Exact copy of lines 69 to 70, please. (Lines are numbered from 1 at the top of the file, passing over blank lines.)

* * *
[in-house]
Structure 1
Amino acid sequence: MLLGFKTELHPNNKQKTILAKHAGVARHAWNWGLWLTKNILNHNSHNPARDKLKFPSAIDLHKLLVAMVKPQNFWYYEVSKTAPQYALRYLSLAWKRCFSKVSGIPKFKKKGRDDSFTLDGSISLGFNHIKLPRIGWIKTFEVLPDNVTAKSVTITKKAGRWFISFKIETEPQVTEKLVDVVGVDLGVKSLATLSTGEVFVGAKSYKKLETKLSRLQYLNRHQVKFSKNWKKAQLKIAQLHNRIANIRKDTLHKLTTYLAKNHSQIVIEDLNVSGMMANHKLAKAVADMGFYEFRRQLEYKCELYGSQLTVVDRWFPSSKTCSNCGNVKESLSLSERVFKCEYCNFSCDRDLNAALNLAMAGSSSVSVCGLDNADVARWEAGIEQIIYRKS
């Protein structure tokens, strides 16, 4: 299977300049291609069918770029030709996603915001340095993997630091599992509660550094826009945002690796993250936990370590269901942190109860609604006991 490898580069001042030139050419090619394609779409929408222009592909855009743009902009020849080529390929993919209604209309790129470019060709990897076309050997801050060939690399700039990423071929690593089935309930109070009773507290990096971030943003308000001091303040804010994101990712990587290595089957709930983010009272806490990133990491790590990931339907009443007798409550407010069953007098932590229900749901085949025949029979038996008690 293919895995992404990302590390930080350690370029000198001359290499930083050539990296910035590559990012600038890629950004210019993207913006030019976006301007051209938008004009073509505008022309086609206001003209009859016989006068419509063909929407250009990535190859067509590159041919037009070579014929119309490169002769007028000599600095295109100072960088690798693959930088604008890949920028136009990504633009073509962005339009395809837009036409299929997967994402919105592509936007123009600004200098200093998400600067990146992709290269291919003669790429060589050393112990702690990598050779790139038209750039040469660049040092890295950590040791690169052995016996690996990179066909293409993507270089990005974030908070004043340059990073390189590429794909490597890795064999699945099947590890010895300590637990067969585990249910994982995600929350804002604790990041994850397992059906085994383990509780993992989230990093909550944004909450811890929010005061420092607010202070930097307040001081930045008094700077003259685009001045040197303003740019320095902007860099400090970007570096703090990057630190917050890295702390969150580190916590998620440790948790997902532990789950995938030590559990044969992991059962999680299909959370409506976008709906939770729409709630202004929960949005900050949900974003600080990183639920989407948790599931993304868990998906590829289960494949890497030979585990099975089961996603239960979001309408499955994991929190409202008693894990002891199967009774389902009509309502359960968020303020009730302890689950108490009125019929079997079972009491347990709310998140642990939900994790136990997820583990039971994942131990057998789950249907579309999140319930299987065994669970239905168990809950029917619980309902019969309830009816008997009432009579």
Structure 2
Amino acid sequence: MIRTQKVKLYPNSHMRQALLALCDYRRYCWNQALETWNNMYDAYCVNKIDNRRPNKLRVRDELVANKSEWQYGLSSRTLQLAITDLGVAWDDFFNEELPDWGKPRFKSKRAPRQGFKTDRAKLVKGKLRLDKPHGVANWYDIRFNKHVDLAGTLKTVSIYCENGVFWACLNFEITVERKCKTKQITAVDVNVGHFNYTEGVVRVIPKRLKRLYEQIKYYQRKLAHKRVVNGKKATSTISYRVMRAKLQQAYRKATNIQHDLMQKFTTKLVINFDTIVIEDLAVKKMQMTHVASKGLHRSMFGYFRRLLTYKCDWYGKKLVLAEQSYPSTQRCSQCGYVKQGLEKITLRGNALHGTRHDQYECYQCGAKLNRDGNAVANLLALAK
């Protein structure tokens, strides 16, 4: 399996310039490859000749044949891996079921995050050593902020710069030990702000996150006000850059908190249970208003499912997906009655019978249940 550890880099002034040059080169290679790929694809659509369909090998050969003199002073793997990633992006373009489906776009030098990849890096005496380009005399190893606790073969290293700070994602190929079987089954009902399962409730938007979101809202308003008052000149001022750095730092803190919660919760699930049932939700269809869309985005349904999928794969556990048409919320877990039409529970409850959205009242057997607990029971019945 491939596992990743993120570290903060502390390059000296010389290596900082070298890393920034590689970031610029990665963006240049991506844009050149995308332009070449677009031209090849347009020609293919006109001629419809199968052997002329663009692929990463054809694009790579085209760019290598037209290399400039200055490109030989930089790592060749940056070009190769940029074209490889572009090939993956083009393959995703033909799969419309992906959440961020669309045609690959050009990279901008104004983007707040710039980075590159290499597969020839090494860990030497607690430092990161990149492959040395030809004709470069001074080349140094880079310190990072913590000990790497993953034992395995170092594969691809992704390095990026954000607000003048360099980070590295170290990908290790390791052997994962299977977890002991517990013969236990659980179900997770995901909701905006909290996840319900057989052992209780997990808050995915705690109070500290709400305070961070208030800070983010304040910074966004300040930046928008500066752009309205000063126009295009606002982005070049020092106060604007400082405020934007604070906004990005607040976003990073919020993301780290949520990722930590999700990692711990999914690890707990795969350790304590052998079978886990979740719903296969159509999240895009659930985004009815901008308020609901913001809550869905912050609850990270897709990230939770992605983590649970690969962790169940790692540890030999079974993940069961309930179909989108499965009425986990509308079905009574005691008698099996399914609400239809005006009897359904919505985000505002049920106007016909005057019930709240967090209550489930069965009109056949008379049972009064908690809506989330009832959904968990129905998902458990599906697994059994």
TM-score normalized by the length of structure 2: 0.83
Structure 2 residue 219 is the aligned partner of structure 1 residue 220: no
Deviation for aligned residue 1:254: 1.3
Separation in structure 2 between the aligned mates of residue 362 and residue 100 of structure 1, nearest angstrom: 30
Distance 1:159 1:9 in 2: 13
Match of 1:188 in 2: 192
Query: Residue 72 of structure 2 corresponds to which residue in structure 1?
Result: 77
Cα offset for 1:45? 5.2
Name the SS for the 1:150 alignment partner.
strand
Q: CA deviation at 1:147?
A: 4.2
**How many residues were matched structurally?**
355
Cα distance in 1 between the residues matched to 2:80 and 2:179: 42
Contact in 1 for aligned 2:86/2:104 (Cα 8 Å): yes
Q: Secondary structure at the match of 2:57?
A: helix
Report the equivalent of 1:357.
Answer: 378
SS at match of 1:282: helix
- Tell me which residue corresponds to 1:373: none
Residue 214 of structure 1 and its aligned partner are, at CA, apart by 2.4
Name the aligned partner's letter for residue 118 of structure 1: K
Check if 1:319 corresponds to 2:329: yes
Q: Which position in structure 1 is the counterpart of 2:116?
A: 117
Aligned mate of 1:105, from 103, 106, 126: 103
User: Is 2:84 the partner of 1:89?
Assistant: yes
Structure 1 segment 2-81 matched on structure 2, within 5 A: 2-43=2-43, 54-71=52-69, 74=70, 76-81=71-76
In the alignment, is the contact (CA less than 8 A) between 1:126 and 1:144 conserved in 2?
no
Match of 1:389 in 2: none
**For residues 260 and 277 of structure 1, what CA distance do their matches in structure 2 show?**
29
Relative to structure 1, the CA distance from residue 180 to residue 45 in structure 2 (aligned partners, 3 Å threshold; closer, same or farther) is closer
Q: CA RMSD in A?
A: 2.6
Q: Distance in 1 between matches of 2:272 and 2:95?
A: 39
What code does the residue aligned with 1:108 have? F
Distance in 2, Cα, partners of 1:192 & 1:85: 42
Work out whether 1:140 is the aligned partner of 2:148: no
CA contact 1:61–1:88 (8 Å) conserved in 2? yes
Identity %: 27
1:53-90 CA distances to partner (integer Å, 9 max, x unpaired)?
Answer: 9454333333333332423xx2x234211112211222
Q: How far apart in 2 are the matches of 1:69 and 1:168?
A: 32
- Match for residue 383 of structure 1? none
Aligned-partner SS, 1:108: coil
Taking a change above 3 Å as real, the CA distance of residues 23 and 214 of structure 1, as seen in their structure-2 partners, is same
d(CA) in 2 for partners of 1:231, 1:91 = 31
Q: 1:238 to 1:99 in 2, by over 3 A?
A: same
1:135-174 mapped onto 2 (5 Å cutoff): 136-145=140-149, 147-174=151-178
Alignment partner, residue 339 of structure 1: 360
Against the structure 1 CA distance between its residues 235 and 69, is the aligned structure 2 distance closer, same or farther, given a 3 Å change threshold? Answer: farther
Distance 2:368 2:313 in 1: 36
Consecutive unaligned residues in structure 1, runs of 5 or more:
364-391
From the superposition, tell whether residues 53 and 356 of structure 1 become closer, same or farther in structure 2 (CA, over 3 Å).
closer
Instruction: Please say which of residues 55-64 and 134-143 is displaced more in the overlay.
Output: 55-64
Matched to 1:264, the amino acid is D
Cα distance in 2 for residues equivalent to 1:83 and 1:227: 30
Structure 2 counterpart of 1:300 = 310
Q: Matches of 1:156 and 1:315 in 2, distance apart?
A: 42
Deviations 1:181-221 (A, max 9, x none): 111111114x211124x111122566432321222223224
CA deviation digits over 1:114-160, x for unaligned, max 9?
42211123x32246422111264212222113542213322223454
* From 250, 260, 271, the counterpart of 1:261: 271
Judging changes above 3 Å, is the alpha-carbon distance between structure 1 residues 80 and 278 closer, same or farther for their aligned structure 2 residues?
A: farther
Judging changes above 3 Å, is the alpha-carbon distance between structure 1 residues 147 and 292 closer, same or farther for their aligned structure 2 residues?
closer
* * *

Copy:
Consecutive unaligned residues in structure 1, runs of 5 or more:
364-391